We’ll have to think really hard about what we train people in.The stock answer seems to be computer programming but computers are going to be better and faster at that too.That’s only going to lead to a spiral of frustration. There’s also going to be a form of inequality springing up between those who can use technology and those who can’t. It’s going to exacerbate the levels of inequality we already have.

If you could drive the EU towards a certain policy topic or run it in a certain way, how would you handle it?

The EU should somehow be the great innovator and great regulator. A pity that we in the UK will only watch from the sidelines.

How is Brexit going to affect privacy and other developments long-term?

The government has already said it intends to stay with the data passporting system, because it’s too difficult for British businesses without it. So much of the economy involves data and the government is desperate to encourage digital technologies. I originally thought that the UK would say data regulations are too onerous and that it would decide to set up its own little system, with really lax rules, which could attract tech firms. Companies will be attracted by this kind of data-haven as much as by a tax-haven. But the draw of European and American business will ultimately be too great, so Brexit won’t actually have a massive impact on privacy.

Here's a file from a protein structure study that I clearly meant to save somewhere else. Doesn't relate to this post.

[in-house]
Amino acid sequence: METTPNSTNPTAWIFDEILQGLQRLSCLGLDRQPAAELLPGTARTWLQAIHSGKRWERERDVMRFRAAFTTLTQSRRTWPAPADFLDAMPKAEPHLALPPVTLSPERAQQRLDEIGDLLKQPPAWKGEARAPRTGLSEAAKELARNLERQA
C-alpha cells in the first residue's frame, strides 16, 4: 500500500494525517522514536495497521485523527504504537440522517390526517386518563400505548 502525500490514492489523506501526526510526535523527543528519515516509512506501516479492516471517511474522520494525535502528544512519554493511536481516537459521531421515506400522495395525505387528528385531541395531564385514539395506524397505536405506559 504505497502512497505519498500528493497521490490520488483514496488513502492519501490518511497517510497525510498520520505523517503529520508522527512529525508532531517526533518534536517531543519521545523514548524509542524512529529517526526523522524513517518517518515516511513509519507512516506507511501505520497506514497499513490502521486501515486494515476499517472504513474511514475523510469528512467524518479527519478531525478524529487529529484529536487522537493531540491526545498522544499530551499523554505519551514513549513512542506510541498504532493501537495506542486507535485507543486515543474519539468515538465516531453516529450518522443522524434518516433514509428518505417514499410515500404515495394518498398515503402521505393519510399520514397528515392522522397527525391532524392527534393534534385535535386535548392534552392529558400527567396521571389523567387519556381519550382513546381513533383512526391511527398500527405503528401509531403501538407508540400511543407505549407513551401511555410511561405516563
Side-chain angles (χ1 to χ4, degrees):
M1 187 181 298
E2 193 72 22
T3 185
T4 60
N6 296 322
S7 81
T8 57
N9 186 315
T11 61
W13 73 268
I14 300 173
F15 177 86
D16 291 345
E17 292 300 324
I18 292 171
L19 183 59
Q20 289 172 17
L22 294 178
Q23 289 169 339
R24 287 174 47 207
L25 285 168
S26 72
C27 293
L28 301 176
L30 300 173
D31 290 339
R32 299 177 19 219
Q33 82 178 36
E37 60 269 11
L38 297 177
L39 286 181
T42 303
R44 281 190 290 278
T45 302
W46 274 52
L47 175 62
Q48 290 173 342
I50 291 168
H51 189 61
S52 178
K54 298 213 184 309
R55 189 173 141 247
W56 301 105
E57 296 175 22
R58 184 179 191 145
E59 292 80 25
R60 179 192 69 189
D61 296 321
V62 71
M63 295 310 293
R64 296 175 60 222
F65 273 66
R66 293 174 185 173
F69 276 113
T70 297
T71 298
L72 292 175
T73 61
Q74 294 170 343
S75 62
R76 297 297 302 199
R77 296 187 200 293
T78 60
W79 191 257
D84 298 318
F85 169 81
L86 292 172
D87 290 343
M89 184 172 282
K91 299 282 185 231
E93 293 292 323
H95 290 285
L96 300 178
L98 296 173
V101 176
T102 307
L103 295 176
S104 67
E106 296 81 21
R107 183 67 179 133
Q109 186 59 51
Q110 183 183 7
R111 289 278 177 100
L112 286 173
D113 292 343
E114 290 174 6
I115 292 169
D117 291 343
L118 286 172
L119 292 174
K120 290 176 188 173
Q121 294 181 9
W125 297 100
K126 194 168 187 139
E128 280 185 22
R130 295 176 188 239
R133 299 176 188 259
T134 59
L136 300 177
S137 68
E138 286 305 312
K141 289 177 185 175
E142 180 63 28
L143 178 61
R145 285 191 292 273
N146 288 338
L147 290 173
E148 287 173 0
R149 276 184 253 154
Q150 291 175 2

This technology seems to offer governments a new source of revenue if anything…

Cryptocurrencies certainly offer them a chance to collect tax more efficiently. Taxes are going to get harder and harder to raise. Truck and taxi companies are suddenly software companies, which are harder to tax than the taxi firm just down the road. Without a tax-raising base, everything goes to pot. But if they start experimenting with cryptocurrencies, the people involved are going to get more frustrated and create more systems that make it harder to raise taxes, so we’ll find ourselves in a vicious circle and a form of digital arms race.